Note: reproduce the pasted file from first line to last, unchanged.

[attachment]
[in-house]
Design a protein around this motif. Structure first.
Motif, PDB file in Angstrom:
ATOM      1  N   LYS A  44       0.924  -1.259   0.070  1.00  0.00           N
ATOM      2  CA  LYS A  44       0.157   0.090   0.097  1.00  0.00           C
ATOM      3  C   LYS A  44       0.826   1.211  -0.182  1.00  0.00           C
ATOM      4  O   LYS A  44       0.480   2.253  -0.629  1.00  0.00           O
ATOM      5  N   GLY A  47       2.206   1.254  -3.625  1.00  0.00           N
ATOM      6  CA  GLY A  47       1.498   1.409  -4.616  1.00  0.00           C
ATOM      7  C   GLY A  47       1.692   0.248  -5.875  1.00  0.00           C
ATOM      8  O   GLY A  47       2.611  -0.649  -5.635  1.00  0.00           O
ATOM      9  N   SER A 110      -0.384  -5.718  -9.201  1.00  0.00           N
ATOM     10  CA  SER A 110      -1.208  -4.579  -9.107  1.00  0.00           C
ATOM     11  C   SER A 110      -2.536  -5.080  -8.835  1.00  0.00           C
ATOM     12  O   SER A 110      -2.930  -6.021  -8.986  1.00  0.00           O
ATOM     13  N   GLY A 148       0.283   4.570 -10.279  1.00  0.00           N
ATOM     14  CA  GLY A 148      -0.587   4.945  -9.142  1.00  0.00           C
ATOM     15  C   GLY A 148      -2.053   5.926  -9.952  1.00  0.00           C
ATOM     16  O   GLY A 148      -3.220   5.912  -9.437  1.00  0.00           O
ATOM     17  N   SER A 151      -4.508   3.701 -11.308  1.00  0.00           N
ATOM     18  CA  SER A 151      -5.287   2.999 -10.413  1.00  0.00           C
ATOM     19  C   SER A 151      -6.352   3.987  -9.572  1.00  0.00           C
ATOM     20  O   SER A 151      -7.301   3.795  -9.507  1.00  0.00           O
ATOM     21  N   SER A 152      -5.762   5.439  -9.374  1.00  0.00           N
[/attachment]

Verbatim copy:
[in-house]
Design a protein around this motif. Structure first.
Motif, PDB file in Angstrom:
ATOM      1  N   LYS A  44       0.924  -1.259   0.070  1.00  0.00           N
ATOM      2  CA  LYS A  44       0.157   0.090   0.097  1.00  0.00           C
ATOM      3  C   LYS A  44       0.826   1.211  -0.182  1.00  0.00           C
ATOM      4  O   LYS A  44       0.480   2.253  -0.629  1.00  0.00           O
ATOM      5  N   GLY A  47       2.206   1.254  -3.625  1.00  0.00           N
ATOM      6  CA  GLY A  47       1.498   1.409  -4.616  1.00  0.00           C
ATOM      7  C   GLY A  47       1.692   0.248  -5.875  1.00  0.00           C
ATOM      8  O   GLY A  47       2.611  -0.649  -5.635  1.00  0.00           O
ATOM      9  N   SER A 110      -0.384  -5.718  -9.201  1.00  0.00           N
ATOM     10  CA  SER A 110      -1.208  -4.579  -9.107  1.00  0.00           C
ATOM     11  C   SER A 110      -2.536  -5.080  -8.835  1.00  0.00           C
ATOM     12  O   SER A 110      -2.930  -6.021  -8.986  1.00  0.00           O
ATOM     13  N   GLY A 148       0.283   4.570 -10.279  1.00  0.00           N
ATOM     14  CA  GLY A 148      -0.587   4.945  -9.142  1.00  0.00           C
ATOM     15  C   GLY A 148      -2.053   5.926  -9.952  1.00  0.00           C
ATOM     16  O   GLY A 148      -3.220   5.912  -9.437  1.00  0.00           O
ATOM     17  N   SER A 151      -4.508   3.701 -11.308  1.00  0.00           N
ATOM     18  CA  SER A 151      -5.287   2.999 -10.413  1.00  0.00           C
ATOM     19  C   SER A 151      -6.352   3.987  -9.572  1.00  0.00           C
ATOM     20  O   SER A 151      -7.301   3.795  -9.507  1.00  0.00           O
ATOM     21  N   SER A 152      -5.762   5.439  -9.374  1.00  0.00           N